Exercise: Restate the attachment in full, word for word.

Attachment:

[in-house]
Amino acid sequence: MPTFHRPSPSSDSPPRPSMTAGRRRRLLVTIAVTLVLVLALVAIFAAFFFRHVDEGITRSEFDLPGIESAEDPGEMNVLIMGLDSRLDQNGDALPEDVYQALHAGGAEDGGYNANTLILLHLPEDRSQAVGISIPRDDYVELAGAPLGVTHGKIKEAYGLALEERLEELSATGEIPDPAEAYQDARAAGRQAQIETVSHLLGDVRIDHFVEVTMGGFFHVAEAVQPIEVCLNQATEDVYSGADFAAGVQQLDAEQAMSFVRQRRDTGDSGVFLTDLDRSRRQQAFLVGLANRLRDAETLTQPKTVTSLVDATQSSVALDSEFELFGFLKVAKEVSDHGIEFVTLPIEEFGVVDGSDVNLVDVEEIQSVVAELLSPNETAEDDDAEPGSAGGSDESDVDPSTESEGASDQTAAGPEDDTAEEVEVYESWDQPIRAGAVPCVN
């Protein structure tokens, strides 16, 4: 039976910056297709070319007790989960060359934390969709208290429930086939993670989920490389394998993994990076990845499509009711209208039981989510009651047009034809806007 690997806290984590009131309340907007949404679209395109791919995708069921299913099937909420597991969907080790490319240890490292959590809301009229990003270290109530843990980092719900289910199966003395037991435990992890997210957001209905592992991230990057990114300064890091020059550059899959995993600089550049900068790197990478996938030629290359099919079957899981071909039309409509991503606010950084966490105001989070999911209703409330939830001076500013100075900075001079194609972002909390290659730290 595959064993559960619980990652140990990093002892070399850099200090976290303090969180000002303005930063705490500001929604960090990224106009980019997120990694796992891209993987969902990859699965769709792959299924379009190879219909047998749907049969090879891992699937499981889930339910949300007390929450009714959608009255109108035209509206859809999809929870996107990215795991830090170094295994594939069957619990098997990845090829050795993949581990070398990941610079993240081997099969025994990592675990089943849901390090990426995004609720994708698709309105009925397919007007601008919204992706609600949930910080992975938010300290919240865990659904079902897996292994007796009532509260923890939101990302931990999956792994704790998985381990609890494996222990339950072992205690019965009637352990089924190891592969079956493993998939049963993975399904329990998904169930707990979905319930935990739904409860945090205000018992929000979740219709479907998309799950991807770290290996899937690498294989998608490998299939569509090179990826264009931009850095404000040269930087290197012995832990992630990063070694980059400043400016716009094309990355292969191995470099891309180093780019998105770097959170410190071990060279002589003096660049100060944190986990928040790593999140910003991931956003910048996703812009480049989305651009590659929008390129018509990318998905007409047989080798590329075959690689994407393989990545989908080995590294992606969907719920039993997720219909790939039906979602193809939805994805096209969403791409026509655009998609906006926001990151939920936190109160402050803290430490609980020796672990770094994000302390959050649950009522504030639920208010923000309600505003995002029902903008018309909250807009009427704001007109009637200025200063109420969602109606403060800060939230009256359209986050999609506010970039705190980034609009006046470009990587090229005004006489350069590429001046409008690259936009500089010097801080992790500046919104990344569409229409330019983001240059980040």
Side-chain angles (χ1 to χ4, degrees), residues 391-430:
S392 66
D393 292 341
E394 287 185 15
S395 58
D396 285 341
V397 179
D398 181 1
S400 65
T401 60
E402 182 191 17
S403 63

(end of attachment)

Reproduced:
[in-house]
Amino acid sequence: MPTFHRPSPSSDSPPRPSMTAGRRRRLLVTIAVTLVLVLALVAIFAAFFFRHVDEGITRSEFDLPGIESAEDPGEMNVLIMGLDSRLDQNGDALPEDVYQALHAGGAEDGGYNANTLILLHLPEDRSQAVGISIPRDDYVELAGAPLGVTHGKIKEAYGLALEERLEELSATGEIPDPAEAYQDARAAGRQAQIETVSHLLGDVRIDHFVEVTMGGFFHVAEAVQPIEVCLNQATEDVYSGADFAAGVQQLDAEQAMSFVRQRRDTGDSGVFLTDLDRSRRQQAFLVGLANRLRDAETLTQPKTVTSLVDATQSSVALDSEFELFGFLKVAKEVSDHGIEFVTLPIEEFGVVDGSDVNLVDVEEIQSVVAELLSPNETAEDDDAEPGSAGGSDESDVDPSTESEGASDQTAAGPEDDTAEEVEVYESWDQPIRAGAVPCVN
């Protein structure tokens, strides 16, 4: 039976910056297709070319007790989960060359934390969709208290429930086939993670989920490389394998993994990076990845499509009711209208039981989510009651047009034809806007 690997806290984590009131309340907007949404679209395109791919995708069921299913099937909420597991969907080790490319240890490292959590809301009229990003270290109530843990980092719900289910199966003395037991435990992890997210957001209905592992991230990057990114300064890091020059550059899959995993600089550049900068790197990478996938030629290359099919079957899981071909039309409509991503606010950084966490105001989070999911209703409330939830001076500013100075900075001079194609972002909390290659730290 595959064993559960619980990652140990990093002892070399850099200090976290303090969180000002303005930063705490500001929604960090990224106009980019997120990694796992891209993987969902990859699965769709792959299924379009190879219909047998749907049969090879891992699937499981889930339910949300007390929450009714959608009255109108035209509206859809999809929870996107990215795991830090170094295994594939069957619990098997990845090829050795993949581990070398990941610079993240081997099969025994990592675990089943849901390090990426995004609720994708698709309105009925397919007007601008919204992706609600949930910080992975938010300290919240865990659904079902897996292994007796009532509260923890939101990302931990999956792994704790998985381990609890494996222990339950072992205690019965009637352990089924190891592969079956493993998939049963993975399904329990998904169930707990979905319930935990739904409860945090205000018992929000979740219709479907998309799950991807770290290996899937690498294989998608490998299939569509090179990826264009931009850095404000040269930087290197012995832990992630990063070694980059400043400016716009094309990355292969191995470099891309180093780019998105770097959170410190071990060279002589003096660049100060944190986990928040790593999140910003991931956003910048996703812009480049989305651009590659929008390129018509990318998905007409047989080798590329075959690689994407393989990545989908080995590294992606969907719920039993997720219909790939039906979602193809939805994805096209969403791409026509655009998609906006926001990151939920936190109160402050803290430490609980020796672990770094994000302390959050649950009522504030639920208010923000309600505003995002029902903008018309909250807009009427704001007109009637200025200063109420969602109606403060800060939230009256359209986050999609506010970039705190980034609009006046470009990587090229005004006489350069590429001046409008690259936009500089010097801080992790500046919104990344569409229409330019983001240059980040």
Side-chain angles (χ1 to χ4, degrees), residues 391-430:
S392 66
D393 292 341
E394 287 185 15
S395 58
D396 285 341
V397 179
D398 181 1
S400 65
T401 60
E402 182 191 17
S403 63